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Thesis - NSU Access Only
M.S. Coastal Zone Management
Second Degree Name
M.S. Marine Biology
Michael B. Robblee
Richard E. Spieler
Modeling is a powerful tool that can be used to identify important relationships between organisms and their habitat (Guisan & Zimmermann, 2000). Understanding the dynamics of how the two relate to one another is important for conserving and managing ecosystems, but the extreme complexity of those ecosystems makes it very difficult to fully diagram. Unlike many other modeling techniques, Multivariate Regression Trees (MRTs) are not limited by a prior assumptions, pre-determined relationships, transformations, or correlations. MRTs have the power to provide both explanation and prediction of ecological data by producing simple models that are easy to interpret. This study proposed to use MRTs to evaluate and model relationships between Lucania parva and the environment and habitat of Florida Bay. Counts were transformed to presence-absence and abundance groupings. Models were first run using a variety of combination of response variables and all explanatory variables. Results of these models were used to select the best combination of response and explanatory variables in an effort to create a best fit model. Models indicated that Lucania parva populations are found in the dense (cover ≥50%), shallow water (<1.8 m) grass beds that occur in the western portion of Florida Bay. A best fit model was able to explain 63.7% of the variance with predictive error of 0.43.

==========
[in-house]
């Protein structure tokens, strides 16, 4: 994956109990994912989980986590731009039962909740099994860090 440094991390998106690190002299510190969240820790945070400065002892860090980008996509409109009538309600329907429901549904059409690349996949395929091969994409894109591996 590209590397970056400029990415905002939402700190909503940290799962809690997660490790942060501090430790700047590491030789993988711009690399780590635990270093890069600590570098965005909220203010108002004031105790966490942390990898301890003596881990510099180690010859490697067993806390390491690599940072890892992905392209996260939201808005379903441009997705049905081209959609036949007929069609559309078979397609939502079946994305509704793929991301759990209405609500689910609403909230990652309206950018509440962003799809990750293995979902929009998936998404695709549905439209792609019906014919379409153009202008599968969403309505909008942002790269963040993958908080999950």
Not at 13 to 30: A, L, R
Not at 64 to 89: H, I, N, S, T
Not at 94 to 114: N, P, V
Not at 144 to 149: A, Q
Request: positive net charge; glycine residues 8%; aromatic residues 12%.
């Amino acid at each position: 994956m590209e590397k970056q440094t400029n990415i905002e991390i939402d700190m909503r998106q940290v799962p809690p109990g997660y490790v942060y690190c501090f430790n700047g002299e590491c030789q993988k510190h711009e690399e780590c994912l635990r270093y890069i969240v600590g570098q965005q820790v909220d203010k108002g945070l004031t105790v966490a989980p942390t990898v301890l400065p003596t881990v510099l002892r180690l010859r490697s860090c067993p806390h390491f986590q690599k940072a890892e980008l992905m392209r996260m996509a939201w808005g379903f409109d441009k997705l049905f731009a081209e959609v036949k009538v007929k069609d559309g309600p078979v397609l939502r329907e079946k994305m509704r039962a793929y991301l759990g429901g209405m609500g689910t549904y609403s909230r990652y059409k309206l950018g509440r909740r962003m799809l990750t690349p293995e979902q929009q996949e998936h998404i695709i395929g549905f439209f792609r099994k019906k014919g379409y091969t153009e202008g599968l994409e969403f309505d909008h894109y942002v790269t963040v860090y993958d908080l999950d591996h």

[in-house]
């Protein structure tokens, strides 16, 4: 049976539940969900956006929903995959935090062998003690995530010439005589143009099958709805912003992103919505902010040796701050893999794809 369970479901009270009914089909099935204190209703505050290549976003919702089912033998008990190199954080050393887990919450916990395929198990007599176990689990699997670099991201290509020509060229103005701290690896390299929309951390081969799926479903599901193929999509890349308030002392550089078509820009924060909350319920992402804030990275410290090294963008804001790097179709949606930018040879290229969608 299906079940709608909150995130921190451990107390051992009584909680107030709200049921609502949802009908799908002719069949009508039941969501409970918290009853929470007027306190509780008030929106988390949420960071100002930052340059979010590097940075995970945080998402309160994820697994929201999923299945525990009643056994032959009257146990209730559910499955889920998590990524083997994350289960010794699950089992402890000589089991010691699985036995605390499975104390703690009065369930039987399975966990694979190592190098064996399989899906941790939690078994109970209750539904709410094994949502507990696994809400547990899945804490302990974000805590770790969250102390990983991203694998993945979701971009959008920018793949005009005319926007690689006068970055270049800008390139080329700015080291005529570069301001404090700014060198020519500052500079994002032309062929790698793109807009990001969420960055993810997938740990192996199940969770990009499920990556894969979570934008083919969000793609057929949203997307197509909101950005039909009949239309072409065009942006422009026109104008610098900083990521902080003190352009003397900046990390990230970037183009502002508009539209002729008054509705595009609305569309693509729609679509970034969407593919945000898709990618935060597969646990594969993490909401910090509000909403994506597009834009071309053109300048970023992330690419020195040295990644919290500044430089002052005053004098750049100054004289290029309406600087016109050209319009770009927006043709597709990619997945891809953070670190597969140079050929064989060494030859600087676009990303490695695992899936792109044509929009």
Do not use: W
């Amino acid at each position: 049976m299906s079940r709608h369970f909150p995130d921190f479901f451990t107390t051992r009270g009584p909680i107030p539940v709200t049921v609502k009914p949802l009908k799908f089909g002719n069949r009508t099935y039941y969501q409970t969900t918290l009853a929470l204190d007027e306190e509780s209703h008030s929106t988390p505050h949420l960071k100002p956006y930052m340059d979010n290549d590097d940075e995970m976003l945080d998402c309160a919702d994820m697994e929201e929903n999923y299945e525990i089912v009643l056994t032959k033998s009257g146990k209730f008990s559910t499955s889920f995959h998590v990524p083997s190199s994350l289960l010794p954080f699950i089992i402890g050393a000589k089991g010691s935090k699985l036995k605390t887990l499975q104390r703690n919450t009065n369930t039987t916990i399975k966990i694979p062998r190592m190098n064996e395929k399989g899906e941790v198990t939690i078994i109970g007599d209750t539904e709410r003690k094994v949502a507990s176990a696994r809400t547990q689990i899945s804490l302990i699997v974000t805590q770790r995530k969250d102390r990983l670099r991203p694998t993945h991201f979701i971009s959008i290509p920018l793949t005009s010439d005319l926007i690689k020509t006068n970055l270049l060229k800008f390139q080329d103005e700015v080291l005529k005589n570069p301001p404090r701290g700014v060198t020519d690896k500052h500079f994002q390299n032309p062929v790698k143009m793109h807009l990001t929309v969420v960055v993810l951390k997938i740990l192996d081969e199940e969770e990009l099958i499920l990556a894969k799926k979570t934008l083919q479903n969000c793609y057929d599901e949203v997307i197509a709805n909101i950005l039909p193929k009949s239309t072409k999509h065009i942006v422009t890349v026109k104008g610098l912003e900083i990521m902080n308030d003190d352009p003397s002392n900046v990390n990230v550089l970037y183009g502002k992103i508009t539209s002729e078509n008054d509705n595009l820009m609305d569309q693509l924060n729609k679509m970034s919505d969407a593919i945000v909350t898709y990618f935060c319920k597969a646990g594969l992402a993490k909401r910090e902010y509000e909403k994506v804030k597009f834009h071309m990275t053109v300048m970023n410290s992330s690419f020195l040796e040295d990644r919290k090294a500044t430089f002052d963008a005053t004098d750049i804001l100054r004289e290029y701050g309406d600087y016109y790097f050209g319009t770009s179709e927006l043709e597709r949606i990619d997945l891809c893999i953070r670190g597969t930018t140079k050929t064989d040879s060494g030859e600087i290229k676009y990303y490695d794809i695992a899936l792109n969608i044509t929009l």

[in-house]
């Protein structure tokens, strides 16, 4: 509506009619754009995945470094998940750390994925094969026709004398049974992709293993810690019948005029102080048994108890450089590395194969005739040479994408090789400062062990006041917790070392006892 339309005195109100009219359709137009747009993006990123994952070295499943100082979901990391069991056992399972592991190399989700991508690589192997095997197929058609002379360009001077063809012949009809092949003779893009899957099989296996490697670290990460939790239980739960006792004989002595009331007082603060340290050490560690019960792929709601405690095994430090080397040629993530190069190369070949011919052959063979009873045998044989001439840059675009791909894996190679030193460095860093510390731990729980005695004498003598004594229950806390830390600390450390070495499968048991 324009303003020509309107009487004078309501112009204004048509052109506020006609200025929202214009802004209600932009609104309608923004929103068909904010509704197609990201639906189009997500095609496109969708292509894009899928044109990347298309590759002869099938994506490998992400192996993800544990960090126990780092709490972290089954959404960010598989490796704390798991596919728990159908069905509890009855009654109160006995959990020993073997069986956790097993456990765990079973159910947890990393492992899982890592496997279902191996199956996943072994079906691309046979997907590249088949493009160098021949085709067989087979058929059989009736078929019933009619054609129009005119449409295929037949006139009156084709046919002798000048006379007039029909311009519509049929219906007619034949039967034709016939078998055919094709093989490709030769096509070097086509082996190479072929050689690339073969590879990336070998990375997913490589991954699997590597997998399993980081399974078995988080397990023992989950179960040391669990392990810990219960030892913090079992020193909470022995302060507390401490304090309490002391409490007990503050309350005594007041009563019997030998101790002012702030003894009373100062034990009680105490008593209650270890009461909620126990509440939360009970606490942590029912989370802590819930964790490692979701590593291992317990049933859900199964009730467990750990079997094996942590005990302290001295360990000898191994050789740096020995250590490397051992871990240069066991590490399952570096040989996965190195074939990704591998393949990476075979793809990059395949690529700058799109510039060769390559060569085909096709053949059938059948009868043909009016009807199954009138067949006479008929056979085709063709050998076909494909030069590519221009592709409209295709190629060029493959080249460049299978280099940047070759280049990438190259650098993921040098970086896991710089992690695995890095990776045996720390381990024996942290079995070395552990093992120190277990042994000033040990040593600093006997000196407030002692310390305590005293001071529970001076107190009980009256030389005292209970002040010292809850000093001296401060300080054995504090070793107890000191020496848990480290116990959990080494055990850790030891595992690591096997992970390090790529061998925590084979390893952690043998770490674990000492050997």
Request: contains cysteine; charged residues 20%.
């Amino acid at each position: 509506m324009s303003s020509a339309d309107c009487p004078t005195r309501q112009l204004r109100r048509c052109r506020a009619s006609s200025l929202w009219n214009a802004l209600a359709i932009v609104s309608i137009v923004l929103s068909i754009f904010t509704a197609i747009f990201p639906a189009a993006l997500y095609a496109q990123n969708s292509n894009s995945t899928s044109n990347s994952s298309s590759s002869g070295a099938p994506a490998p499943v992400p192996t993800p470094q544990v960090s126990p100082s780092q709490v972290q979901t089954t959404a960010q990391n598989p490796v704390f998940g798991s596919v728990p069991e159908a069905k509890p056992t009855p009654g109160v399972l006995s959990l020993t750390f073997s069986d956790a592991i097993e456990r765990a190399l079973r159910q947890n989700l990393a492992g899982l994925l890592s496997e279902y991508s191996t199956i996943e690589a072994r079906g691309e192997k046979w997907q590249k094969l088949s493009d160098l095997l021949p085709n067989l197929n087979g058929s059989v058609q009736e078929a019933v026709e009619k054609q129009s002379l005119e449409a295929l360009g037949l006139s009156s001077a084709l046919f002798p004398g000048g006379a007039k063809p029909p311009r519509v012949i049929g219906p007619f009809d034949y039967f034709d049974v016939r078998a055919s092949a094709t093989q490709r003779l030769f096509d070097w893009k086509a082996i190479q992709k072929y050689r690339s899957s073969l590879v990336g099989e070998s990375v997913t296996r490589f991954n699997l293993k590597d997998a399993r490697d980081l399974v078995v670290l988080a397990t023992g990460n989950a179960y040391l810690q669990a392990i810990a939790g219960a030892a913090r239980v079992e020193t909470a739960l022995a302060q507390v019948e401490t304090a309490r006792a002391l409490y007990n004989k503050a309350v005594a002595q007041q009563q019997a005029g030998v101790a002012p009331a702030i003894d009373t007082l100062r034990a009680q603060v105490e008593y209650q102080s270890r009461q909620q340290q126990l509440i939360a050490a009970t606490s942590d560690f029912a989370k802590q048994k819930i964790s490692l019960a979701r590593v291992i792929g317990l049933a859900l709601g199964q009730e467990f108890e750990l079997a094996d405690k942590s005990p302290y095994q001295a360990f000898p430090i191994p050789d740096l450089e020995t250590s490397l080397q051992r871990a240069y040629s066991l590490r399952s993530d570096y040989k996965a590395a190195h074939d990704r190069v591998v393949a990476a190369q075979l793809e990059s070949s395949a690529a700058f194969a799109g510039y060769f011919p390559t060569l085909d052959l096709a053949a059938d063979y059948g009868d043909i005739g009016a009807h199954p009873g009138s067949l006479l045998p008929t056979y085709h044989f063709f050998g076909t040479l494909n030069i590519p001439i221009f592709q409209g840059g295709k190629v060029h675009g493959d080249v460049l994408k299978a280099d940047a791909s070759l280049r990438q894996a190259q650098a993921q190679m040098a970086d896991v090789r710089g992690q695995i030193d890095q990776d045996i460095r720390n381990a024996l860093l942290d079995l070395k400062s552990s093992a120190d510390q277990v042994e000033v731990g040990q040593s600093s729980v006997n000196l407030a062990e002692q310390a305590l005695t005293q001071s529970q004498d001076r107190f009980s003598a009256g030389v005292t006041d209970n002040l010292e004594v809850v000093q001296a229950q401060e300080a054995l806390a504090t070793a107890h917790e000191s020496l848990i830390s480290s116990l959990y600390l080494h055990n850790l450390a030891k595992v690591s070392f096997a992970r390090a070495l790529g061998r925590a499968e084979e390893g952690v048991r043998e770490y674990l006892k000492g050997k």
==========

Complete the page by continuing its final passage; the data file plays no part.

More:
Pamela C. Marcum. 2013. Population Modeling of the Rainwater Killifish, Lucania parva, in Florida Bay Using Multivariate Regression Trees. Master's thesis. Nova Southeastern University. Retrieved from NSUWorks, Oceanographic Center. (159)